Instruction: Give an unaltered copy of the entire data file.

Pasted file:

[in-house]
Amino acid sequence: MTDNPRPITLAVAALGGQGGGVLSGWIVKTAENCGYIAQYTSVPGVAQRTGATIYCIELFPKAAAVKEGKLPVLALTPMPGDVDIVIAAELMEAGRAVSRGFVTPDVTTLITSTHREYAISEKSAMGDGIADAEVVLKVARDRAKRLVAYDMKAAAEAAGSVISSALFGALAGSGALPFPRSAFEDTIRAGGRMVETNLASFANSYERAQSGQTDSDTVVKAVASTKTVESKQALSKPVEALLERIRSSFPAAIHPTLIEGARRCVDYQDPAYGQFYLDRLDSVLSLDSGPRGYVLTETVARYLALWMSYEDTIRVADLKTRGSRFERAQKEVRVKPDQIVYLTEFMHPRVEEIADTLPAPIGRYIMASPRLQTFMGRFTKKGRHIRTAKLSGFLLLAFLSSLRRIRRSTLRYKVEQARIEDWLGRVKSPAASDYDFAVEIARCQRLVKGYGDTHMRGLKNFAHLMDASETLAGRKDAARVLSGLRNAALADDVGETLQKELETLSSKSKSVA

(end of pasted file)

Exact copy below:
[in-house]
Amino acid sequence: MTDNPRPITLAVAALGGQGGGVLSGWIVKTAENCGYIAQYTSVPGVAQRTGATIYCIELFPKAAAVKEGKLPVLALTPMPGDVDIVIAAELMEAGRAVSRGFVTPDVTTLITSTHREYAISEKSAMGDGIADAEVVLKVARDRAKRLVAYDMKAAAEAAGSVISSALFGALAGSGALPFPRSAFEDTIRAGGRMVETNLASFANSYERAQSGQTDSDTVVKAVASTKTVESKQALSKPVEALLERIRSSFPAAIHPTLIEGARRCVDYQDPAYGQFYLDRLDSVLSLDSGPRGYVLTETVARYLALWMSYEDTIRVADLKTRGSRFERAQKEVRVKPDQIVYLTEFMHPRVEEIADTLPAPIGRYIMASPRLQTFMGRFTKKGRHIRTAKLSGFLLLAFLSSLRRIRRSTLRYKVEQARIEDWLGRVKSPAASDYDFAVEIARCQRLVKGYGDTHMRGLKNFAHLMDASETLAGRKDAARVLSGLRNAALADDVGETLQKELETLSSKSKSVA